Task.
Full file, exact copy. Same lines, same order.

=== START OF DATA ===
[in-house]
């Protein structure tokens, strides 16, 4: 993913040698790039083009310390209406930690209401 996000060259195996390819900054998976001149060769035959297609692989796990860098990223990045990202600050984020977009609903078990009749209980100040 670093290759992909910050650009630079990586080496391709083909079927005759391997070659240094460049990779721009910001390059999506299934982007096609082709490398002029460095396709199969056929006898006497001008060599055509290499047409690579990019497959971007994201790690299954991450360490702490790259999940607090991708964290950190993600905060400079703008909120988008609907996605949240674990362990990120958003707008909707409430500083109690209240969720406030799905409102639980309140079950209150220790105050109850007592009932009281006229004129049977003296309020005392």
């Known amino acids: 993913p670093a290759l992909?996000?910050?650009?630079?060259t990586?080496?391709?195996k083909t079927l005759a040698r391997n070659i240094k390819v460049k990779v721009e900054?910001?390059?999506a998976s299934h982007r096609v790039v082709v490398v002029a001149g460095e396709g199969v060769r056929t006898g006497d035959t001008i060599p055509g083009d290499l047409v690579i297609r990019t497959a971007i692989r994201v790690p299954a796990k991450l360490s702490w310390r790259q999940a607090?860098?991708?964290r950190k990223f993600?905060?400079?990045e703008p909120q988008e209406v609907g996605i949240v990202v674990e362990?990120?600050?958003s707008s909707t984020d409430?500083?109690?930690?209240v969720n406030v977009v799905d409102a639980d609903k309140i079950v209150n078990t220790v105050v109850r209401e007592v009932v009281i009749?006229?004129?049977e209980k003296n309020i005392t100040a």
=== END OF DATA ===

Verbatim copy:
[in-house]
């Protein structure tokens, strides 16, 4: 993913040698790039083009310390209406930690209401 996000060259195996390819900054998976001149060769035959297609692989796990860098990223990045990202600050984020977009609903078990009749209980100040 670093290759992909910050650009630079990586080496391709083909079927005759391997070659240094460049990779721009910001390059999506299934982007096609082709490398002029460095396709199969056929006898006497001008060599055509290499047409690579990019497959971007994201790690299954991450360490702490790259999940607090991708964290950190993600905060400079703008909120988008609907996605949240674990362990990120958003707008909707409430500083109690209240969720406030799905409102639980309140079950209150220790105050109850007592009932009281006229004129049977003296309020005392």
């Known amino acids: 993913p670093a290759l992909?996000?910050?650009?630079?060259t990586?080496?391709?195996k083909t079927l005759a040698r391997n070659i240094k390819v460049k990779v721009e900054?910001?390059?999506a998976s299934h982007r096609v790039v082709v490398v002029a001149g460095e396709g199969v060769r056929t006898g006497d035959t001008i060599p055509g083009d290499l047409v690579i297609r990019t497959a971007i692989r994201v790690p299954a796990k991450l360490s702490w310390r790259q999940a607090?860098?991708?964290r950190k990223f993600?905060?400079?990045e703008p909120q988008e209406v609907g996605i949240v990202v674990e362990?990120?600050?958003s707008s909707t984020d409430?500083?109690?930690?209240v969720n406030v977009v799905d409102a639980d609903k309140i079950v209150n078990t220790v105050v109850r209401e007592v009932v009281i009749?006229?004129?049977e209980k003296n309020i005392t100040a």